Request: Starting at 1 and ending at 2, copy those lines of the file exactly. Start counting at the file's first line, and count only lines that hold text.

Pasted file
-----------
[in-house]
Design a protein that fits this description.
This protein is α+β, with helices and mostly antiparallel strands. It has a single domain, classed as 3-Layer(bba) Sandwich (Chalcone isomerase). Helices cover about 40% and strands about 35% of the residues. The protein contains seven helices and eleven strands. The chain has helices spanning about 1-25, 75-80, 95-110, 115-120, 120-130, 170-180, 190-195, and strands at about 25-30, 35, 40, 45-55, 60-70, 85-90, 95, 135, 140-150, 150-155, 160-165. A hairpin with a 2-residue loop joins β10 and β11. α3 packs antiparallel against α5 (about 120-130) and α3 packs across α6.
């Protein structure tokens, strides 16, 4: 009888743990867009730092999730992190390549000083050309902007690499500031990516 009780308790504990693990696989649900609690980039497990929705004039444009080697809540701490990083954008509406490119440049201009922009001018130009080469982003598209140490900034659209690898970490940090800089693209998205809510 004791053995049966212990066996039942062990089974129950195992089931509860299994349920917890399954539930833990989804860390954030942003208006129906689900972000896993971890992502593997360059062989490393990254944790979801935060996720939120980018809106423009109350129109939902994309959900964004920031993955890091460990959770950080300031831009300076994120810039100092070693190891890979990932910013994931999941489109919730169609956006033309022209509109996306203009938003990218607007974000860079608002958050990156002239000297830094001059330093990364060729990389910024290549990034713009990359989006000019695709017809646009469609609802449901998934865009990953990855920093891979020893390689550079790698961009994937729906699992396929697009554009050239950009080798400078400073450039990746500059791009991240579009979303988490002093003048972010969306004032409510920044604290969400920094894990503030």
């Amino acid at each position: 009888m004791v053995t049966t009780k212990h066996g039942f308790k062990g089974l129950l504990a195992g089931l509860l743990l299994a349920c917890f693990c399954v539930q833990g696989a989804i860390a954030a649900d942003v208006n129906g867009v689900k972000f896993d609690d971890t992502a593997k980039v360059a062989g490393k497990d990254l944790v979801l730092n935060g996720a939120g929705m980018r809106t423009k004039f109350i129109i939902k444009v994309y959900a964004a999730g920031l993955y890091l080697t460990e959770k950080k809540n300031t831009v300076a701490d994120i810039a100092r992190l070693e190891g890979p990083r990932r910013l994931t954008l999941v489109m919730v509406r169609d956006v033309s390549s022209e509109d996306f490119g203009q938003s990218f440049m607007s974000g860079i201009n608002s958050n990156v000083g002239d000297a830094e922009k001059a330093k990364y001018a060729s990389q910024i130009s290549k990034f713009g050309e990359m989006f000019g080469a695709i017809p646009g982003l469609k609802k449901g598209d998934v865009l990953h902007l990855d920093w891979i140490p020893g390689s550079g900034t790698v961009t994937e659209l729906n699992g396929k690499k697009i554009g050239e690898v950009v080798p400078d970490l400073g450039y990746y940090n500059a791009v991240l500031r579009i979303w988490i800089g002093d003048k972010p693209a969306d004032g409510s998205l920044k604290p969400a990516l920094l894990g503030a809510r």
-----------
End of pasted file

[in-house]
Design a protein that fits this description.